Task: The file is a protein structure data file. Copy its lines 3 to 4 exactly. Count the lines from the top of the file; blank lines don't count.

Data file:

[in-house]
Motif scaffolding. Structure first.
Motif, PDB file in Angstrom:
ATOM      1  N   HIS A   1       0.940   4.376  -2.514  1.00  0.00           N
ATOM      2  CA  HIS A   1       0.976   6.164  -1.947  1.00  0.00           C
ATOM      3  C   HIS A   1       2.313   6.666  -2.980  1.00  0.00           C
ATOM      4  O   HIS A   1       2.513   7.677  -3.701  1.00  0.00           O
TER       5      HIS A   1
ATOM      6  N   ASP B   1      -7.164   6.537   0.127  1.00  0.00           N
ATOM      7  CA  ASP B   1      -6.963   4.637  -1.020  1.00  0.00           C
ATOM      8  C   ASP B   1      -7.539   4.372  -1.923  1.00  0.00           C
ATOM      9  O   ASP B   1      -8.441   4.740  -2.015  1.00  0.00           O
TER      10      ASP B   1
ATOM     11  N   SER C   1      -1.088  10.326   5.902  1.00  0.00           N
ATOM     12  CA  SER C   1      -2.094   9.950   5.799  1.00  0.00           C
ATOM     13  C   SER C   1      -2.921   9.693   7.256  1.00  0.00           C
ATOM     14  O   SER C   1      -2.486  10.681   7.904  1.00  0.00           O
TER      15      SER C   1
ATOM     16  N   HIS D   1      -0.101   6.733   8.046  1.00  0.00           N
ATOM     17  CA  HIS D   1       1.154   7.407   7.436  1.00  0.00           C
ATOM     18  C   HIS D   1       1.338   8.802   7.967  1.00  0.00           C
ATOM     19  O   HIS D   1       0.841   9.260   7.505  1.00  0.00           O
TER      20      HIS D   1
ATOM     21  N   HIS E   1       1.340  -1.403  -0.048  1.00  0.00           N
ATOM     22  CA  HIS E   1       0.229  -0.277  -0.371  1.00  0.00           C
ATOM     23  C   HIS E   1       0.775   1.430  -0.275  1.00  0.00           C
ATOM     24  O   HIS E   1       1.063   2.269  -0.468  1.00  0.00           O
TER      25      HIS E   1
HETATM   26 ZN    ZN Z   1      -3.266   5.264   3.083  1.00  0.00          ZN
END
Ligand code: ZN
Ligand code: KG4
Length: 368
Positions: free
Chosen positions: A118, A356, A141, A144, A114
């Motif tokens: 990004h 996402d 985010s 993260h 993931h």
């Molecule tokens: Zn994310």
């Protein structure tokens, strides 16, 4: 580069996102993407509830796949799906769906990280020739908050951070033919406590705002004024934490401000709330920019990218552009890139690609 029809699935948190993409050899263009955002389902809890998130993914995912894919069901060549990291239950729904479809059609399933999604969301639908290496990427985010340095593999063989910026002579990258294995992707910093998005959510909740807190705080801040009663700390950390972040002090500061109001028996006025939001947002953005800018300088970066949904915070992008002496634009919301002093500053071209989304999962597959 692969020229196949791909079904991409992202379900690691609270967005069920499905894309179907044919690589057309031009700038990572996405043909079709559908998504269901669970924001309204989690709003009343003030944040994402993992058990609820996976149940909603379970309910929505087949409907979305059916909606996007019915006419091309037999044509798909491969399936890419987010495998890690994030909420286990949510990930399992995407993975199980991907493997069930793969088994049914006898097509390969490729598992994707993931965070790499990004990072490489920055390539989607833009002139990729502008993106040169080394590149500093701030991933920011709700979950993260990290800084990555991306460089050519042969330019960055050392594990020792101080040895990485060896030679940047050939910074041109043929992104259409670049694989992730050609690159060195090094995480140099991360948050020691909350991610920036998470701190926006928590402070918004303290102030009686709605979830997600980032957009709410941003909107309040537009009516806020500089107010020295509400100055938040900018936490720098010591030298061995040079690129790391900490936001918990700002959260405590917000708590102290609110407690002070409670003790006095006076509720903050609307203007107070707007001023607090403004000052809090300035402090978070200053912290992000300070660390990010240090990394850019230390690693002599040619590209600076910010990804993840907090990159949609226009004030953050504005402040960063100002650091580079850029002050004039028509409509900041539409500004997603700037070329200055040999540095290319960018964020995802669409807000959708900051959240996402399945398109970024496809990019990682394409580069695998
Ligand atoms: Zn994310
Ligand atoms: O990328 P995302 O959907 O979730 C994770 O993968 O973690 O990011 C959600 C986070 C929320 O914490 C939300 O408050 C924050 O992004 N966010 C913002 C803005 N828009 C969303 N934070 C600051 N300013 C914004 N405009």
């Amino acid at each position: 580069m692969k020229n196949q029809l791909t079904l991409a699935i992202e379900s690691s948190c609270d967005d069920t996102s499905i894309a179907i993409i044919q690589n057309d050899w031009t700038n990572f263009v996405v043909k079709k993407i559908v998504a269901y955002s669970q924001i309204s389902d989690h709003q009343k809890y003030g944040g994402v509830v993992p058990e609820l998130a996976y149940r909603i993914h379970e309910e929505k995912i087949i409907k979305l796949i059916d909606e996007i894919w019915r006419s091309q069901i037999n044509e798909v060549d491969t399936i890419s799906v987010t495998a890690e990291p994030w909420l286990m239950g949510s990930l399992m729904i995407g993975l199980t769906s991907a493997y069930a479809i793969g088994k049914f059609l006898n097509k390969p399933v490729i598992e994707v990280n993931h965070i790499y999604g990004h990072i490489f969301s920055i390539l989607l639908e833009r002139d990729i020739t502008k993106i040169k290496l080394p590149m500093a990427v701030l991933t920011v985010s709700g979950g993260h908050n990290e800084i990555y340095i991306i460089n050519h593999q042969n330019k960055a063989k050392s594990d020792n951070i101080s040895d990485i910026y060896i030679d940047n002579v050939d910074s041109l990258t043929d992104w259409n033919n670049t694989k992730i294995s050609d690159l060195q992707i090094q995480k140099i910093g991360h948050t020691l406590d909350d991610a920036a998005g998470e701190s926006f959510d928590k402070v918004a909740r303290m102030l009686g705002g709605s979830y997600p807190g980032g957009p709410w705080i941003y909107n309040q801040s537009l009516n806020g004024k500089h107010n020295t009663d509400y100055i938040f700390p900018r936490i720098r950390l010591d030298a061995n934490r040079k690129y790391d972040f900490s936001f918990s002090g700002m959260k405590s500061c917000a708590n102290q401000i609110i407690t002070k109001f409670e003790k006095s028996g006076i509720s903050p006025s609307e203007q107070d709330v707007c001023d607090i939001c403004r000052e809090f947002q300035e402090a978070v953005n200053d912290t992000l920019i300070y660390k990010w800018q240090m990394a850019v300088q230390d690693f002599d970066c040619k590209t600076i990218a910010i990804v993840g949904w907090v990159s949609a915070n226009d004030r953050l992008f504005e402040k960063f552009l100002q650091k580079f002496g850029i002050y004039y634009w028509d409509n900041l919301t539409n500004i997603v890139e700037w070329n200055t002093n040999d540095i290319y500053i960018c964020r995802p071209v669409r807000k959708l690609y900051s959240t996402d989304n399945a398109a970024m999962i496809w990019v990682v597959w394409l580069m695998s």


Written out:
Motif, PDB file in Angstrom:
ATOM      1  N   HIS A   1       0.940   4.376  -2.514  1.00  0.00           N